Open main menu

The Teochew people (also known as Tiê-Chiu in romanized Teochew, Chaozhou in Mandarin, and Chiuchow in Cantonese) are a Chinese people native to the historical Chaozhou prefecture (now the Chaoshan region) of eastern Guangdong province who speak the Teochew dialect. Today, most Teochew people live outside China in Southeast Asia, especially in Singapore, Malaysia, Thailand, Cambodia, Vietnam, Philippines, and Indonesia. They can also be found almost anywhere in the world, including North America, Australia and France.[citation needed]

Teochew people
Regions with significant populations
Greater China (Guangdong, Hong Kong), Southeast Asia (Thailand, Laos, Cambodia, Vietnam, Singapore, Malaysia, Philippines, Indonesia), North America (United States, Canada), Australasia (Australia, New Zealand), France
Teochew + language(s) of their country of residence
Predominantly Chinese folk religions (including Taoism, Confucianism, ancestral worship and others) and Mahayana Buddhism.
Related ethnic groups
other Han Chinese
Teochew people

The Teochew speak the Chinese Teochew dialect of Southern Min; Teochew cuisine is also distinctive. The ancestors of the Teochew people moved to present-day Chaoshan from the Central Plains of China in order to escape from a series of civil wars during the Jin dynasty (265–420).[1]



Teochew can be romanised in a variety of schemes, and are known in Mandarin as cháo zhōu rén and Cantonese as Chiuchao yan. In referring to themselves as ethnic Chinese, Teochew people generally use Deung nang (Chinese: 唐人; pinyin: Tángrén; literally: "Tang Dynasty people"), as opposed to Hang nang (simplified Chinese: 汉人; traditional Chinese: 漢人; pinyin: Hànrén; literally: "Han Dynasty people").

Teochew people of the diaspora would generally use ting nang (Chinese: 唐人; pinyin: tangrén) to indicate Chinese heritage in a cultural sense. tingnang and tangren are broadly used by Teochew, Hokkien as well as Cantonese Chinese people living outside of China, referring to their maintaining a substantial cultural identity they consider to be Chinese. The identification of "tingnang" could perhaps be due to their early affiliation with the Tang dynasty. It is possible that a large number of Teochew people were immigrants from Northern China who came to settle down in the Chaozhan areas following the establishment of the Tang dynasty. The Teochew people are those who speak the Teochew dialect and identify with Teochew culture, cuisine and customs.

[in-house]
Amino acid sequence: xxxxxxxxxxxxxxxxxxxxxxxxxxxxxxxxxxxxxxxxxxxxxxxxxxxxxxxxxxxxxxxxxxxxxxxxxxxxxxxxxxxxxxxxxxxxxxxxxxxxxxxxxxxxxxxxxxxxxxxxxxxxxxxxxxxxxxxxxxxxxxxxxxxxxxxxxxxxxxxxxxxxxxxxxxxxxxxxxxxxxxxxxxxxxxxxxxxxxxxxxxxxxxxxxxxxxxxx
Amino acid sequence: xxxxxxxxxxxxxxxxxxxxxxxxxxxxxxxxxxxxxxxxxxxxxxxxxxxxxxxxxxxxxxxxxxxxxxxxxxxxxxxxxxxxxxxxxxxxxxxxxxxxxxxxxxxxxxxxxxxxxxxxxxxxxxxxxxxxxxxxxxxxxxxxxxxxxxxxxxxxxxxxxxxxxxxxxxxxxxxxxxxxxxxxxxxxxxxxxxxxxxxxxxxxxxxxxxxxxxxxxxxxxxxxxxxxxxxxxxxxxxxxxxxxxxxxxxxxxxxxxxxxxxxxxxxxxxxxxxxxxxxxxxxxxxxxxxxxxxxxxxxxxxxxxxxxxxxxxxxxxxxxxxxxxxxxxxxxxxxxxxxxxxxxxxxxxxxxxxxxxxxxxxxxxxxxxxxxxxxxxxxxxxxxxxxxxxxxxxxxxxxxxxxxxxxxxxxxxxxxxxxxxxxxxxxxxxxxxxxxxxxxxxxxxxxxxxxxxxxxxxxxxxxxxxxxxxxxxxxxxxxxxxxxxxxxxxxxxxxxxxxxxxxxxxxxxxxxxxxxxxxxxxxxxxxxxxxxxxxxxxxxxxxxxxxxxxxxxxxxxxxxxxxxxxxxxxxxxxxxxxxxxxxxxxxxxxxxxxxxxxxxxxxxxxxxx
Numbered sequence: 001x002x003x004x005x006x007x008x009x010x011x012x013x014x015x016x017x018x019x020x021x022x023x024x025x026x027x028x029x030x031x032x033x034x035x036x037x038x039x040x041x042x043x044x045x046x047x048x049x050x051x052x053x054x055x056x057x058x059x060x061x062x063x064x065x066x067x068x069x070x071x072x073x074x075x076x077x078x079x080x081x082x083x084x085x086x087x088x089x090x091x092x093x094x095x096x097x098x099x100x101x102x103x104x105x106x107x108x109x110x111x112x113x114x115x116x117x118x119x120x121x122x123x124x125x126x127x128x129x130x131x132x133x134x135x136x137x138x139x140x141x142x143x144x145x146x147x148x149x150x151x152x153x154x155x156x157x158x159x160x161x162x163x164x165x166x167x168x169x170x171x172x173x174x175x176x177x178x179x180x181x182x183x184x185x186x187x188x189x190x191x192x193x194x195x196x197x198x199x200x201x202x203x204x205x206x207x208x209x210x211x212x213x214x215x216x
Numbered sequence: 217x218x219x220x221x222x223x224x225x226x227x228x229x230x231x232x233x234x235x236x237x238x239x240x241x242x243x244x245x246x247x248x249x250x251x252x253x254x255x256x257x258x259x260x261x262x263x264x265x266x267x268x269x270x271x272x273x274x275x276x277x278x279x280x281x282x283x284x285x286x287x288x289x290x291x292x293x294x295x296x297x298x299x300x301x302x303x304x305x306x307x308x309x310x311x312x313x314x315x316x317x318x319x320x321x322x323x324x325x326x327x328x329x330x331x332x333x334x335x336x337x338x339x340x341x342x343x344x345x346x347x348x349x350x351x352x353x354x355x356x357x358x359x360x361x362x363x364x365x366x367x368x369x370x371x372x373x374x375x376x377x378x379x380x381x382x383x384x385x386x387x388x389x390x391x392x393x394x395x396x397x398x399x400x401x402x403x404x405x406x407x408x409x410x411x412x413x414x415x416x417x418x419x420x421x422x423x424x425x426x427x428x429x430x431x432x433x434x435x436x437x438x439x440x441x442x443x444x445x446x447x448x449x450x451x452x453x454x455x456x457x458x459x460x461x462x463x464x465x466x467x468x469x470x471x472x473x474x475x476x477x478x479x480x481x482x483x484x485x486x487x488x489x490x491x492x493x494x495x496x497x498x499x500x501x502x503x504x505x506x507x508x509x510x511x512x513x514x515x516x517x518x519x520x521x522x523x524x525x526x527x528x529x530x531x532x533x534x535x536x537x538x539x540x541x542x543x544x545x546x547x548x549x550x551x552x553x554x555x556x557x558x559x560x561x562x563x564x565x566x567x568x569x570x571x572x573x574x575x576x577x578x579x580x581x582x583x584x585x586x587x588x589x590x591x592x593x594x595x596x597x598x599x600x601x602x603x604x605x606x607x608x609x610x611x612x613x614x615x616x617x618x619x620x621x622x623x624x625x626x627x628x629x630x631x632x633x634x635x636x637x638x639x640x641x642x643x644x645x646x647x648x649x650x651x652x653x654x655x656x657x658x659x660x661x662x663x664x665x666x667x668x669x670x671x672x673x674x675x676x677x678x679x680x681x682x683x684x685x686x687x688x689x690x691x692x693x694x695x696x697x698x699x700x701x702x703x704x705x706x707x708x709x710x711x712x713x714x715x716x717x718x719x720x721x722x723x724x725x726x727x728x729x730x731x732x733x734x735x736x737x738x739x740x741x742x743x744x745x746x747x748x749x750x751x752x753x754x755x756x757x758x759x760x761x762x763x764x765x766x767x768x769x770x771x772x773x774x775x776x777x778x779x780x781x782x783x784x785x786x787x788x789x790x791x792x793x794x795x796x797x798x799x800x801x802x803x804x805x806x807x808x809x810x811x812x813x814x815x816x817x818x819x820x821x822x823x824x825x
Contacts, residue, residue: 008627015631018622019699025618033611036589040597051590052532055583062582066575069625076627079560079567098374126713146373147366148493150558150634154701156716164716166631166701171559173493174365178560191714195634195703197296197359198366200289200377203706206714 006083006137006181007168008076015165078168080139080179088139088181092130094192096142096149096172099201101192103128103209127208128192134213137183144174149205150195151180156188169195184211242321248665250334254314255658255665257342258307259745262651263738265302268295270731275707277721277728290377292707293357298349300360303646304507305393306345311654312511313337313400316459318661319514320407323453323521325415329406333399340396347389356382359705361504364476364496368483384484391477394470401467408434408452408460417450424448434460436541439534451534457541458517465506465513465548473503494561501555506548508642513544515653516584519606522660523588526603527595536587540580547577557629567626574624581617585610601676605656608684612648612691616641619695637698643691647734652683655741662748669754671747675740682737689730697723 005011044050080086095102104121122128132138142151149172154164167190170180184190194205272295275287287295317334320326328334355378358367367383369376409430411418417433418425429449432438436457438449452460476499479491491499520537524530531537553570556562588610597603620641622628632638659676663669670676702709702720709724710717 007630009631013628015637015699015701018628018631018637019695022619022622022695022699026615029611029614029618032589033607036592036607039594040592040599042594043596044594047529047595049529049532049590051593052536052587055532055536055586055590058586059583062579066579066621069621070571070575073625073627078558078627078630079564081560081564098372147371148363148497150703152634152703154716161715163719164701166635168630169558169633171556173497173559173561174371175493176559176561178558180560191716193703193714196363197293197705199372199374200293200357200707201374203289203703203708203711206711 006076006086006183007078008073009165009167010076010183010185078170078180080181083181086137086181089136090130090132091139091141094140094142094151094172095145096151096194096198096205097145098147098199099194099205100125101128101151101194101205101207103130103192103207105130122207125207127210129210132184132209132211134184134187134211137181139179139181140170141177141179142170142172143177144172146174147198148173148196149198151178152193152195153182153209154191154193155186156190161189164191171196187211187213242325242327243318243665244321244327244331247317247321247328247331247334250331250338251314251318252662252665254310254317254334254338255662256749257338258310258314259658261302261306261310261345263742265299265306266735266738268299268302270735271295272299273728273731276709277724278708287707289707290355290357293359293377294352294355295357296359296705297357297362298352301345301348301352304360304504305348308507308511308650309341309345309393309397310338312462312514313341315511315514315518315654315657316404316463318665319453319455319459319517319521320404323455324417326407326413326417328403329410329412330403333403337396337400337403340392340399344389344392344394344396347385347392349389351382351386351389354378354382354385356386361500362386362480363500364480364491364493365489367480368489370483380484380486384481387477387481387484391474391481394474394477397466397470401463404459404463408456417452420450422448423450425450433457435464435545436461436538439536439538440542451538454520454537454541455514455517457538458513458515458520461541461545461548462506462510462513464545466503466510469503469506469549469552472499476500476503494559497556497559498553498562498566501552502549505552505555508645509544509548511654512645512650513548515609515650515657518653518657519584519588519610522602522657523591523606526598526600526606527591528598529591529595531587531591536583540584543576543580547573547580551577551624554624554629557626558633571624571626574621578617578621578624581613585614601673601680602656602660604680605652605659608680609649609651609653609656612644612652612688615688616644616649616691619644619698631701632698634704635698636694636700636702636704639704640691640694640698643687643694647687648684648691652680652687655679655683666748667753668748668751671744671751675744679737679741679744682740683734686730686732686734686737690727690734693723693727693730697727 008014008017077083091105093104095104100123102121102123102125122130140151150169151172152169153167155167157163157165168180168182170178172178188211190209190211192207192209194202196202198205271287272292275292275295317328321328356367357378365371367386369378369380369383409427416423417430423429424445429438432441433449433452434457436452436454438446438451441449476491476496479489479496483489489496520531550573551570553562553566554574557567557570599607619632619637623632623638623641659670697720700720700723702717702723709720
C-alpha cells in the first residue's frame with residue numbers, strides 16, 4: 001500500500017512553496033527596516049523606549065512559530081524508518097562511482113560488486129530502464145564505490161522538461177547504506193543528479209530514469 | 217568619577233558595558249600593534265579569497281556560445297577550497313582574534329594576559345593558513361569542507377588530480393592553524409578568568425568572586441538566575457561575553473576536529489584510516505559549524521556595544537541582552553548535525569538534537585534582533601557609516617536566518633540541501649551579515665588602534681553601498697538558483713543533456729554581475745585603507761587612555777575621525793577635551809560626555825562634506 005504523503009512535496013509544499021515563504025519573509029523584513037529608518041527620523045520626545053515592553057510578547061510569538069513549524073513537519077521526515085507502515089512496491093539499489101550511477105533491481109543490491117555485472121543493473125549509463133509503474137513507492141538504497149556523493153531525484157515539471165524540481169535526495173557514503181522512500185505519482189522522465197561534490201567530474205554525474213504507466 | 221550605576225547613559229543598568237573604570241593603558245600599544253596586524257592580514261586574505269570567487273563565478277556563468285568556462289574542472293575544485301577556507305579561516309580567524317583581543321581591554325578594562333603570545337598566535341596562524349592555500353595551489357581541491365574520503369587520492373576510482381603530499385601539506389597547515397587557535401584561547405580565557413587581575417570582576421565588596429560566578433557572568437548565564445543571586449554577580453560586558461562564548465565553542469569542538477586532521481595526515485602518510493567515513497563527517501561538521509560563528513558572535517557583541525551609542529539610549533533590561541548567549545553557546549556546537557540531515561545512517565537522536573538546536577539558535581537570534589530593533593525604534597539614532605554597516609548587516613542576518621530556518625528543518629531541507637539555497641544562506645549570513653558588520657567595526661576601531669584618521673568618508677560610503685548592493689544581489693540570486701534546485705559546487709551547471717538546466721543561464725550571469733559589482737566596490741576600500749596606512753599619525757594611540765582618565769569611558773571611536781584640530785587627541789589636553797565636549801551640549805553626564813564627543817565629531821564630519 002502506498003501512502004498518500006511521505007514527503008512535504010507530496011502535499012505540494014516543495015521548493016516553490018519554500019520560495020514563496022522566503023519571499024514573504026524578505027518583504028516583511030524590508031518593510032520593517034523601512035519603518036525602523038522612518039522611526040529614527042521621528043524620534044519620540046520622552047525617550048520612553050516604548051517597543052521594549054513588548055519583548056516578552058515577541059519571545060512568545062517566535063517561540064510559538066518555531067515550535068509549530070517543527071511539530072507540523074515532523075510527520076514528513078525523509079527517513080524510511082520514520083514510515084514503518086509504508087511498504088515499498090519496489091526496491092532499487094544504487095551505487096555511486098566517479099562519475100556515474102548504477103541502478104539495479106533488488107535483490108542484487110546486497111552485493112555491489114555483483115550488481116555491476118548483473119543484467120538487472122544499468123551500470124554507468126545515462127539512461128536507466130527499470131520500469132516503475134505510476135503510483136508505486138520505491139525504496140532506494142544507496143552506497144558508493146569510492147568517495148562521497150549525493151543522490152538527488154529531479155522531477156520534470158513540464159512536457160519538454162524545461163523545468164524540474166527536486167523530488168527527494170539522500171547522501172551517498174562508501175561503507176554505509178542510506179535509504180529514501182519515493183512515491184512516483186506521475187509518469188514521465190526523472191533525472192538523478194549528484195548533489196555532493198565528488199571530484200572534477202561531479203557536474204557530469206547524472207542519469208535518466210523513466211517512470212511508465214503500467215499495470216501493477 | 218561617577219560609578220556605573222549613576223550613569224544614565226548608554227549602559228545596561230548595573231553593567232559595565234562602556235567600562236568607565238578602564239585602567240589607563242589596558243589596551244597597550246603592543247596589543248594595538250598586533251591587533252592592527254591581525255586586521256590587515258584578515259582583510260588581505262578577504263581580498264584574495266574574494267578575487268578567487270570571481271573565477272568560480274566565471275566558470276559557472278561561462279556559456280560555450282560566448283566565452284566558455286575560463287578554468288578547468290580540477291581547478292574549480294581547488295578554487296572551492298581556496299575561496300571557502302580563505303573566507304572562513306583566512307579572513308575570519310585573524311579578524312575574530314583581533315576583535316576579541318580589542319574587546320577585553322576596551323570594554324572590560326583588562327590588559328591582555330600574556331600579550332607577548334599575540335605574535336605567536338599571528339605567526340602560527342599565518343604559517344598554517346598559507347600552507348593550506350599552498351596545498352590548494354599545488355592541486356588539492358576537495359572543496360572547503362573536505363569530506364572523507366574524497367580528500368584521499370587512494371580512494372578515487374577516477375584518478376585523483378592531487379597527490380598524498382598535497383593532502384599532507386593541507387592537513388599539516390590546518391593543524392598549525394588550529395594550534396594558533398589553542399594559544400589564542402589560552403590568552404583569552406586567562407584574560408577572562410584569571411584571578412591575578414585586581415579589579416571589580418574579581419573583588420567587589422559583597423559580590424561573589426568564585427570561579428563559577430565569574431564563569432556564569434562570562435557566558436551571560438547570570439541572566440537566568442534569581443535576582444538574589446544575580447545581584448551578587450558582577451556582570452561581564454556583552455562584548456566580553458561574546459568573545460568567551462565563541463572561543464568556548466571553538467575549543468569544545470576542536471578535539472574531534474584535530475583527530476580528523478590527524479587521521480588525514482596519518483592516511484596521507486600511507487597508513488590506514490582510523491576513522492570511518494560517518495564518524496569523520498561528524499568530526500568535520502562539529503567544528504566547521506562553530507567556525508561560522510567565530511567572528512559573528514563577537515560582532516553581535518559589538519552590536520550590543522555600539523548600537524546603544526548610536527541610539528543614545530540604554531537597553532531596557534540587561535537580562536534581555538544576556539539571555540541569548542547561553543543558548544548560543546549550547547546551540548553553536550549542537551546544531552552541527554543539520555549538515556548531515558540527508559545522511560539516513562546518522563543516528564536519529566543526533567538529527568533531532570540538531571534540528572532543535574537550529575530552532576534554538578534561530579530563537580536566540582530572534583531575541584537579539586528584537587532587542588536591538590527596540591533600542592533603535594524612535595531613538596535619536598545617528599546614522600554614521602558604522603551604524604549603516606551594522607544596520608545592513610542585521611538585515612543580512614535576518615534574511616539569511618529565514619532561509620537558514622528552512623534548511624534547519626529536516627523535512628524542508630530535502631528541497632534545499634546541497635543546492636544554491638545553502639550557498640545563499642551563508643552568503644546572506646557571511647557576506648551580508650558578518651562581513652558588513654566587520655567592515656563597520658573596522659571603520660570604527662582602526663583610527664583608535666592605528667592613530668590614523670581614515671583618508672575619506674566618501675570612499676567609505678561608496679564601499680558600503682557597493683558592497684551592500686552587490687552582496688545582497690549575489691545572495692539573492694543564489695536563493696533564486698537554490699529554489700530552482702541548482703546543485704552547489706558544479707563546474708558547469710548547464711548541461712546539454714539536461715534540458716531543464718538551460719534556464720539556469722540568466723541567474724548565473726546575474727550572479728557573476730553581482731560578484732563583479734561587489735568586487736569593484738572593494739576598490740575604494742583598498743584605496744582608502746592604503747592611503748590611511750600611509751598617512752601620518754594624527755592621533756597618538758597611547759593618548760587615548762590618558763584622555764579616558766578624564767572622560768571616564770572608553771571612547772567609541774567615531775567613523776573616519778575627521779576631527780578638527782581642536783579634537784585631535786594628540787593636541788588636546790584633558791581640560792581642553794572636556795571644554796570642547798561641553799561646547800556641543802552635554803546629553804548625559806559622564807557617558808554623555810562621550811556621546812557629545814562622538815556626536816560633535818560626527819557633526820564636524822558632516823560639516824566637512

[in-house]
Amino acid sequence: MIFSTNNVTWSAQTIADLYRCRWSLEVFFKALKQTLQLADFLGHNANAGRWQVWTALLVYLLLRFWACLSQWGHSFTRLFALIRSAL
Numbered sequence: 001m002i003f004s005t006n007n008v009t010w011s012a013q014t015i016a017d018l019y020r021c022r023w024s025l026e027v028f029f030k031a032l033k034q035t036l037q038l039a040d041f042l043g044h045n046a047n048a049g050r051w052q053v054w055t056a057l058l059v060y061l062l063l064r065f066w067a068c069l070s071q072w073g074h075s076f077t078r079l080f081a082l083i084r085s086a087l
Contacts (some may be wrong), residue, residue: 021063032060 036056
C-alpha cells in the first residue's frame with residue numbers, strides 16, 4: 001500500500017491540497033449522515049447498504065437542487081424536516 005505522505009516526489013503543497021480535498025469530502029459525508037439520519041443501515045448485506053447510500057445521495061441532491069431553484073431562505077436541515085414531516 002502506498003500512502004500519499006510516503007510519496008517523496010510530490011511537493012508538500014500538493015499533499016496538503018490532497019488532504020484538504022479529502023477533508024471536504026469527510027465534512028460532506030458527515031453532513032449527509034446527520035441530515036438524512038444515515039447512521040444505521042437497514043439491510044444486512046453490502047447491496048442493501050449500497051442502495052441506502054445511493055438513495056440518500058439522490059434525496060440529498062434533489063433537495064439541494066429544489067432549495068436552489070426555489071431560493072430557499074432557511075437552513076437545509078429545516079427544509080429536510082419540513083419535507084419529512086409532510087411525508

Teochew people also commonly refer to each other as ga gi nang (Chinese: 自己人; pinyin: Zìjǐrén; literally: "our own people").[citation needed]


Historically, these people were called Helao or Fulao (Hoklo), as they came mostly from Henan and Shanxi via Fujian,[1] with well-maintained language and customs from ancient north-central China.[2] As was recorded in pedigrees and ancient inscriptions, one of the two groups of those who originally migrated to Putian later decided to settle in Chaoshan instead in batches during the Tang Dynasty and soon spread all over the Chaoshan area, genetically intermixing with the local people there.[3]

Geographic isolation and difficulty in traveling in the past made the Helao or Fulao become a relatively closed population.[citation needed]

The Teochew people are known to Cantonese speakers as "Hoklo", literally meaning "men of Fujian", although the term "Teochew" was used in the Straits Settlements in the 19th century and early 20th century. "Teochew" is derived from Teochew prefecture (Chaozhou Fu) the departmental city where they originate.[4]

Teochew immigration to SingaporeEdit

From the 19th century, due to disadvantaged circumstances, significant numbers of Teochew people left their homeland for Singapore and a new life.[5] Early Teochew settlers could trace their origins to eight counties/prefectures: Chao'an, Chenghai, Chaoyang, Jieyang, Raoping, Puning, Huilai and Nan'ao. In addition to these new immigrants from the port of Swatow (Shantou), there were Teochew people relocating to Singapore from Siam and the Riau Islands.[citation needed]